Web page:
Date posted: 11 Apr 2021, 2 minutes to read

Bash cheat-sheet for PowerShell devs

Coming from years of Windows dev experience to using a Bash shell took a while to know some of the differences between the two. Since I often still run into these things, I thought it would help me and perhaps other people as well if I wrote some of it down. I suspect this will be a work in progress, so this page will receive some updates over time 😁.

Working with variables

Working with variables is a bit different in Bash. Setting a variable is done by using its name:

  • if it doesn’t exists, it will be created
  • if it already exists, its value is updated

Set variable example

myVar=12

Using the variable example:

To use the variable, you need to add the $ sign in front of it. This means you want to use the value in the variable. Watch out though! The shell will try to execute whatever is in the variable. So using the same command you are used to in PowerShell will not work:

$myVar # error here: the shell wants to execute the value in the variable, which is 12 in this case.

Example and output:
In order to set the variable and then echo it’s value to the prompt, you can use this setup:

myVar=12
echo "$myVar" # handle the value as a string and output it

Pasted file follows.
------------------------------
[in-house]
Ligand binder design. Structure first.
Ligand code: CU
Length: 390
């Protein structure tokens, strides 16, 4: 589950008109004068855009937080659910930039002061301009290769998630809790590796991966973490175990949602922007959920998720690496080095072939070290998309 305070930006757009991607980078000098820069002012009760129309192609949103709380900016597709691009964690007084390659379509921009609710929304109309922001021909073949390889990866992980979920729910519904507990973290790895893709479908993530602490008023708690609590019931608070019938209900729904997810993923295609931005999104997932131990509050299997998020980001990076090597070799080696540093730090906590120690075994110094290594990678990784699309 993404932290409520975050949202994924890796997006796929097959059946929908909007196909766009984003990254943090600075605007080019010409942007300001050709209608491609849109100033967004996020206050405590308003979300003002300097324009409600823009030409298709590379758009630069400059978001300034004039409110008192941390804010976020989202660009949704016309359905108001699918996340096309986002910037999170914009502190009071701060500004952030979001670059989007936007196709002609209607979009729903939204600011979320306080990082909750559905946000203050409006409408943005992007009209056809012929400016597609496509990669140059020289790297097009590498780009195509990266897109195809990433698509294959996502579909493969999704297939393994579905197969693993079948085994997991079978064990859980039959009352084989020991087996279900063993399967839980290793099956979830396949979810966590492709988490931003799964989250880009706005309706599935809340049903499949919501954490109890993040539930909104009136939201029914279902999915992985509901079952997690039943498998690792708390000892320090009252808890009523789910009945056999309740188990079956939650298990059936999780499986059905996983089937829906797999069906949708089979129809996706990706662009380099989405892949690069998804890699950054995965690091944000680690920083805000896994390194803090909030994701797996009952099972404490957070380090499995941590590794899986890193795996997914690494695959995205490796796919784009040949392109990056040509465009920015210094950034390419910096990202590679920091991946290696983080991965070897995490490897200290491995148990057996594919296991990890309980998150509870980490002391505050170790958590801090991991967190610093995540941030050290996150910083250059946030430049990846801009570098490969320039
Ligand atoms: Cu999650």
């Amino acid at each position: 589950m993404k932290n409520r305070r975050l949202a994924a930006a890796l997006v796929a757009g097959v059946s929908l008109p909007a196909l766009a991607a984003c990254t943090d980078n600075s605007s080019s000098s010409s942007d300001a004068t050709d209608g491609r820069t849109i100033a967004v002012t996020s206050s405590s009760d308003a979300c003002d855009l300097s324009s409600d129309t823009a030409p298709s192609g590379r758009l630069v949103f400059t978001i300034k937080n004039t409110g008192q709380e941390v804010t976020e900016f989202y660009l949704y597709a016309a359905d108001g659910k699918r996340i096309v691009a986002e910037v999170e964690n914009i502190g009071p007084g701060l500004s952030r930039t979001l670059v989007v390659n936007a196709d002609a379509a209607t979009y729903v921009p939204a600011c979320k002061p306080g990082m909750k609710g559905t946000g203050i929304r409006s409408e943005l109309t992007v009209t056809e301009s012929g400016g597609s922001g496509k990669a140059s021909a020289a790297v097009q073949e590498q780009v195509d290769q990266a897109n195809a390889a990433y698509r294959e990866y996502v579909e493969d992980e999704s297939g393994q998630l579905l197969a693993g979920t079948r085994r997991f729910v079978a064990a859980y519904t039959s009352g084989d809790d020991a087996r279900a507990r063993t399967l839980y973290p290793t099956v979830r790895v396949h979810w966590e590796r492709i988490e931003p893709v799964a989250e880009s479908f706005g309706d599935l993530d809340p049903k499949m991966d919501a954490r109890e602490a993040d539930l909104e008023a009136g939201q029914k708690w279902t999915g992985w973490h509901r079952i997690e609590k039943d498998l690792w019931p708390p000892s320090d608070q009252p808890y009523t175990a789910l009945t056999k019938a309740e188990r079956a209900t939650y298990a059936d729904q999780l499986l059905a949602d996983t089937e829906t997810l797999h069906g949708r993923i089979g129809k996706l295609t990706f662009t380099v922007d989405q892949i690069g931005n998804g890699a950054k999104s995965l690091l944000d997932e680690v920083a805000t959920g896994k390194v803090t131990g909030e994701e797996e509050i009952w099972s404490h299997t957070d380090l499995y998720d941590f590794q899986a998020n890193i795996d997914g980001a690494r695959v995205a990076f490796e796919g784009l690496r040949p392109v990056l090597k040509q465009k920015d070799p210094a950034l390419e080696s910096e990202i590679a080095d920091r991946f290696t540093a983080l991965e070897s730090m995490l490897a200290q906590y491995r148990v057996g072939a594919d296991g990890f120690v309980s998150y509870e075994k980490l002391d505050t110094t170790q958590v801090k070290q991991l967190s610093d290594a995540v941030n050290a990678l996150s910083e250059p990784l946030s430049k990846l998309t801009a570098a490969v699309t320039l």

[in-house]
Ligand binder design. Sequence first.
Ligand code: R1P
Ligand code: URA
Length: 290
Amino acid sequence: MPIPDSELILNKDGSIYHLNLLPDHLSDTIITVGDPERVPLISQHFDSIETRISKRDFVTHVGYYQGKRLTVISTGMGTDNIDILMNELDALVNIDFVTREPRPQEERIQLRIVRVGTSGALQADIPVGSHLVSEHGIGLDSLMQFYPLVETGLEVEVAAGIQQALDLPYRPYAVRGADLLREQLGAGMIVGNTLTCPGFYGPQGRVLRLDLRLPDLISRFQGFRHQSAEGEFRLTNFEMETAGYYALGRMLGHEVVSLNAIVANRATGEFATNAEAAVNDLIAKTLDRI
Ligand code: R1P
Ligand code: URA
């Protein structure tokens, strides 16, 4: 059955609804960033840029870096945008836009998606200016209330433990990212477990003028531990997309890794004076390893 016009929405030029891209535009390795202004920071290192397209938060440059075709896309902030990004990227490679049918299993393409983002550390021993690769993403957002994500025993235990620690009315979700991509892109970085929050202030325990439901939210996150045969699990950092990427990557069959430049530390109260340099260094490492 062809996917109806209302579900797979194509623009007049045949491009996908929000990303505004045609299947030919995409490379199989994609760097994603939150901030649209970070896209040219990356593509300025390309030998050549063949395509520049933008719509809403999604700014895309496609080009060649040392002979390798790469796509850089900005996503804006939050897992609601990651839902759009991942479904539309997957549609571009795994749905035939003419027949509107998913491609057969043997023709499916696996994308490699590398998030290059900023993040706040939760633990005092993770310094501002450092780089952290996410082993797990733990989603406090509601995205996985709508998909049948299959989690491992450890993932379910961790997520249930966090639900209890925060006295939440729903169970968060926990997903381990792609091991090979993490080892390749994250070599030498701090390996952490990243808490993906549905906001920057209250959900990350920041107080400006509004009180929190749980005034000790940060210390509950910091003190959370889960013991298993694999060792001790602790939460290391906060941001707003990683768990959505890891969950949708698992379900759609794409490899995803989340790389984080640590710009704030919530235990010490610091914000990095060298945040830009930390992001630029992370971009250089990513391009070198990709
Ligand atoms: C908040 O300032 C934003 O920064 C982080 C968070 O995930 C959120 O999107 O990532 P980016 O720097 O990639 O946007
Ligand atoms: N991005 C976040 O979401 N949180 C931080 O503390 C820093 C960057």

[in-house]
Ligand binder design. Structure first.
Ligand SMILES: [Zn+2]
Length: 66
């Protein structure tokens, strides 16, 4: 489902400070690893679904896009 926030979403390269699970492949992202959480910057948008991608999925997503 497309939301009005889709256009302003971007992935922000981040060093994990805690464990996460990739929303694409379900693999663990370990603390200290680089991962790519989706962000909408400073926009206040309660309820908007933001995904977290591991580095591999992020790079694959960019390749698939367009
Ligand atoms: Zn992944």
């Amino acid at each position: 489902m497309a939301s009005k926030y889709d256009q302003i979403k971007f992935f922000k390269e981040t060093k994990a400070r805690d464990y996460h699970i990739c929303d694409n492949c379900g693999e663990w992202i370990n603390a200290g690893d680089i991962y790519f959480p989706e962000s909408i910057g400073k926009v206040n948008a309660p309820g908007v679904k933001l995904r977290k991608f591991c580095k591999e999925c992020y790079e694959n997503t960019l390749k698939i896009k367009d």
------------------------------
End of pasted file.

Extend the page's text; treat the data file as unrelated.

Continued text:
Variables example results

String interpolation in Bash

String interpolation works differently as well. Injecting the variable into a string using double quotes will interpret it and inject the value in to the string:

echo "this is my value $myVar" # this wil inject the value of myVar as a string

Wrapping the string in single quote will inject the object into the string and not the value:

echo "this is my value $myVar" # this wil inject the object myVar

Especially when someone is using the single quotes in a script, this has bitten me once or twice: it took some time to figure out why my value wasn’t visible.

String interpolation results

Fileheaders

Add a file header (first line) to the file contents to indicate how the shell should run this file. Example:

#!/bin/sh

This will indicate it needs to feed this file to the sh command inside the bin folder. It will be used when you execute the file from the command line like this:

.\myShellscript

Outputting to a file

Sending some output to a file is similar to the use in PowerShell:

"my string value" > myShellScript # this wil always create a new file and set its content
"my string value" >> myShellScript # this wil add the string to its content

The thing that always gets me, is that dang string interpolation difference:

Output of this example

cls command

In bash there is no cls command shortcut. Always use clear to have the same result.

LastExitCode and returning it from a script

Just like in PowerShell you can use $? to check the last exit codes. In the example below I’m deploying a CDK stack to AWS (Infrastructure as code). And saving the exit code of the npm command so I can check it, log it and return it to the caller of this shell script.

npm --silent run cdk -- deploy --require-approval never --context env=${env} --context tag=${TAG} ${stack_name}
exitCode=$?
if [ $exitCode != "0" ] 
then
  echo "NPM deploy cdk step failed: $exitCode"
  exit $exitCode
fi